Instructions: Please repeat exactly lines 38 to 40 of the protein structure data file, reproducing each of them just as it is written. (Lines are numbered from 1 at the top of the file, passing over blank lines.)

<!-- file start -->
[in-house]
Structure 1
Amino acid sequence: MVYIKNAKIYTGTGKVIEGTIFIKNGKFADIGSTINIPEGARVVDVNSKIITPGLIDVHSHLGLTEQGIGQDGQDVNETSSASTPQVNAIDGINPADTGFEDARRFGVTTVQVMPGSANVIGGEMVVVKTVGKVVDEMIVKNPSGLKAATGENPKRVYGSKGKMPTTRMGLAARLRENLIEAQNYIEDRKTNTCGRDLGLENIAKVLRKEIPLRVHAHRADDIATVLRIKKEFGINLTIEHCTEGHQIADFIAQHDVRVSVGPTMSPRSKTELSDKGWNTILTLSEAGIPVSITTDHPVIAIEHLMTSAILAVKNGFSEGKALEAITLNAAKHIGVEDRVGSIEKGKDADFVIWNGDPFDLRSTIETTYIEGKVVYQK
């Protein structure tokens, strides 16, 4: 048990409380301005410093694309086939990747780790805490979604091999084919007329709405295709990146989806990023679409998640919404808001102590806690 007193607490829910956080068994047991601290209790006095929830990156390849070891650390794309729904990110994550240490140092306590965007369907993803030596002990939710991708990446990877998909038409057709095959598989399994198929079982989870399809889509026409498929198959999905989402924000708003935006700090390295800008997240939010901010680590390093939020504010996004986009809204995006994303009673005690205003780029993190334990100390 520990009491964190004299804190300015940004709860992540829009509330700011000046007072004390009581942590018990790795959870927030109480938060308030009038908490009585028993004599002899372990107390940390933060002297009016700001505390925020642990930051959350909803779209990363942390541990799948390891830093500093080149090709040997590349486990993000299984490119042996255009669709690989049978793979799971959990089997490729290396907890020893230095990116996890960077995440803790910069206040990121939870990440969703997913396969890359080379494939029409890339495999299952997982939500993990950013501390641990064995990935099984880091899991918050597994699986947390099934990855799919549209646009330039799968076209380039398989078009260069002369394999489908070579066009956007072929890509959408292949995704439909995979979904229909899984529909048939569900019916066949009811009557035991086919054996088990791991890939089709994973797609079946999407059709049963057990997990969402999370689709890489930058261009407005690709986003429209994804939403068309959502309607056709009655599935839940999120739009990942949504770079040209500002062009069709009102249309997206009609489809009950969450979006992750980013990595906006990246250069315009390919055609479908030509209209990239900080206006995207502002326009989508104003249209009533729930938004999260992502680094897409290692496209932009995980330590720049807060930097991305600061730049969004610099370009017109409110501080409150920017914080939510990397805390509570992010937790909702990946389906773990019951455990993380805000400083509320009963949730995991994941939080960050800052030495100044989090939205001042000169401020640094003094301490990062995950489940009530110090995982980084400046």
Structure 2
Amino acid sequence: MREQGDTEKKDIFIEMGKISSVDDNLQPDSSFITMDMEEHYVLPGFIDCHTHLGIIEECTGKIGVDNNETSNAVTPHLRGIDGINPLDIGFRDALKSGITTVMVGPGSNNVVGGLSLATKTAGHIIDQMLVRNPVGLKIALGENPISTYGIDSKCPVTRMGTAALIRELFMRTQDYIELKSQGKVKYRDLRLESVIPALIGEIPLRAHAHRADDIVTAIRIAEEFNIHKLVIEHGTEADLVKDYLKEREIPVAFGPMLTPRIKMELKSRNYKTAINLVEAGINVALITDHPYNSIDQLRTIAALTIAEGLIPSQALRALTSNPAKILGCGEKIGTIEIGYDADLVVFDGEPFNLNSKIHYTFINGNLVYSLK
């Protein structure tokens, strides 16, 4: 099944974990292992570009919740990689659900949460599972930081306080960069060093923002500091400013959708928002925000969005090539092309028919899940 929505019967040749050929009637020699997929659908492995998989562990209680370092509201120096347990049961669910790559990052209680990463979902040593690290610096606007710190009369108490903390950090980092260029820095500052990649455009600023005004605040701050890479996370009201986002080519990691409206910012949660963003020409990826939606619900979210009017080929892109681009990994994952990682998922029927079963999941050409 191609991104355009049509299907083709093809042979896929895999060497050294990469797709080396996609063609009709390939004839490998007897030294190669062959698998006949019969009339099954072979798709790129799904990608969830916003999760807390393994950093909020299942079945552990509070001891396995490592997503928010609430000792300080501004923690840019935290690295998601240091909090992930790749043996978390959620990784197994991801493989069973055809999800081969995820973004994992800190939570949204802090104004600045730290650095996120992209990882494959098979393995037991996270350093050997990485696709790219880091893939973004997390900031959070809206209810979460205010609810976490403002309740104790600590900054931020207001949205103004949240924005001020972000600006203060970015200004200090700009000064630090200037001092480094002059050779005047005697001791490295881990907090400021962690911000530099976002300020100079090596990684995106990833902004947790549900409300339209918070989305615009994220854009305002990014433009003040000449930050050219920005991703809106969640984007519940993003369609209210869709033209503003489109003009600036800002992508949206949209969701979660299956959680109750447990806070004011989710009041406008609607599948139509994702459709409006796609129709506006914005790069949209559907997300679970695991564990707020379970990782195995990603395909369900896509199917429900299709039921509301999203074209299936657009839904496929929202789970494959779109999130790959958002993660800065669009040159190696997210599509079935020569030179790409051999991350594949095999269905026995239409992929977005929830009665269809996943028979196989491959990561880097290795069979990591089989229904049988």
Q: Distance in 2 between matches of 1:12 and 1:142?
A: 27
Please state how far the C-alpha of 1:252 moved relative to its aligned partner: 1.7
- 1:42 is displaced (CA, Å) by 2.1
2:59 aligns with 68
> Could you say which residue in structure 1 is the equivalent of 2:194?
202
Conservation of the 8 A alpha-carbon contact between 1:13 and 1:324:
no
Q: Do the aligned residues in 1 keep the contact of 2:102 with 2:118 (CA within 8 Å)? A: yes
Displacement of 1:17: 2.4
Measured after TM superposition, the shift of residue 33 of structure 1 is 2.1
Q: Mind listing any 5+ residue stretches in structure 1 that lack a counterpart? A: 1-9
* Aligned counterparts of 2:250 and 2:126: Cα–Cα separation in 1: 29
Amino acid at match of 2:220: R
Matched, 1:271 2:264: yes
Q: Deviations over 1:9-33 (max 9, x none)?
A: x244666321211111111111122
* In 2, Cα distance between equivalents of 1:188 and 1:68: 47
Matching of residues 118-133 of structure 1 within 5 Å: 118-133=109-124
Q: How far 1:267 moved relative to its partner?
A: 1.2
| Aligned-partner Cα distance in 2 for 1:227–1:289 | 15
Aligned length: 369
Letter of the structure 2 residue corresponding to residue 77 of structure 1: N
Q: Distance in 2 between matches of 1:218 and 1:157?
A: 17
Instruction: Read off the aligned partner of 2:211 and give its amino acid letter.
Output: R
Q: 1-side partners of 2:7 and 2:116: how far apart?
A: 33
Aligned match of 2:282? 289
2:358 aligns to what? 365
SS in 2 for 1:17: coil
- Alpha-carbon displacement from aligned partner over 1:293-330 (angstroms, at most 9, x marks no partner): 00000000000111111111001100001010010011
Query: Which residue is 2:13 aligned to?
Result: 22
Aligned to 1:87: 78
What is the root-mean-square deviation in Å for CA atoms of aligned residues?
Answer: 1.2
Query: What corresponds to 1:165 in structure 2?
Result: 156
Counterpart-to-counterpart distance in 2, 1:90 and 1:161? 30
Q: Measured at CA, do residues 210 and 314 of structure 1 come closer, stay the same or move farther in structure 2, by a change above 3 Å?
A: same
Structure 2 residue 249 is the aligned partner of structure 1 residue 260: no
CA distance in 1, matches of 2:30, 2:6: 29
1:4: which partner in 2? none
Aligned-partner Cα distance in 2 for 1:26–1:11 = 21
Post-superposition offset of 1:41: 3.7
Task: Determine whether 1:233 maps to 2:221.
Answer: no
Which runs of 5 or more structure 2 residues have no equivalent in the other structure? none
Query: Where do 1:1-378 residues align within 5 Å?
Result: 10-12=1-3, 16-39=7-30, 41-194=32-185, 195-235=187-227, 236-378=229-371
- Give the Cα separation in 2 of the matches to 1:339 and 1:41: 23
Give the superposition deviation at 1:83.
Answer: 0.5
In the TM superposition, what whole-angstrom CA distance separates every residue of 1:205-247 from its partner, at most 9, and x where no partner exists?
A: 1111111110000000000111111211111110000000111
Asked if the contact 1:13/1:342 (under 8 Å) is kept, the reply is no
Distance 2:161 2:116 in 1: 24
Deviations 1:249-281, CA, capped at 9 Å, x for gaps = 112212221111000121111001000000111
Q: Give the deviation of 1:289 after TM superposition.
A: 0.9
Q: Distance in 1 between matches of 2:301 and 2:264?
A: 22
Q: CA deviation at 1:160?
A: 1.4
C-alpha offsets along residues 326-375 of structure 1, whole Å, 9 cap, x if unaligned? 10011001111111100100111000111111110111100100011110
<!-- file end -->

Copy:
A: 33
Aligned match of 2:282? 289
2:358 aligns to what? 365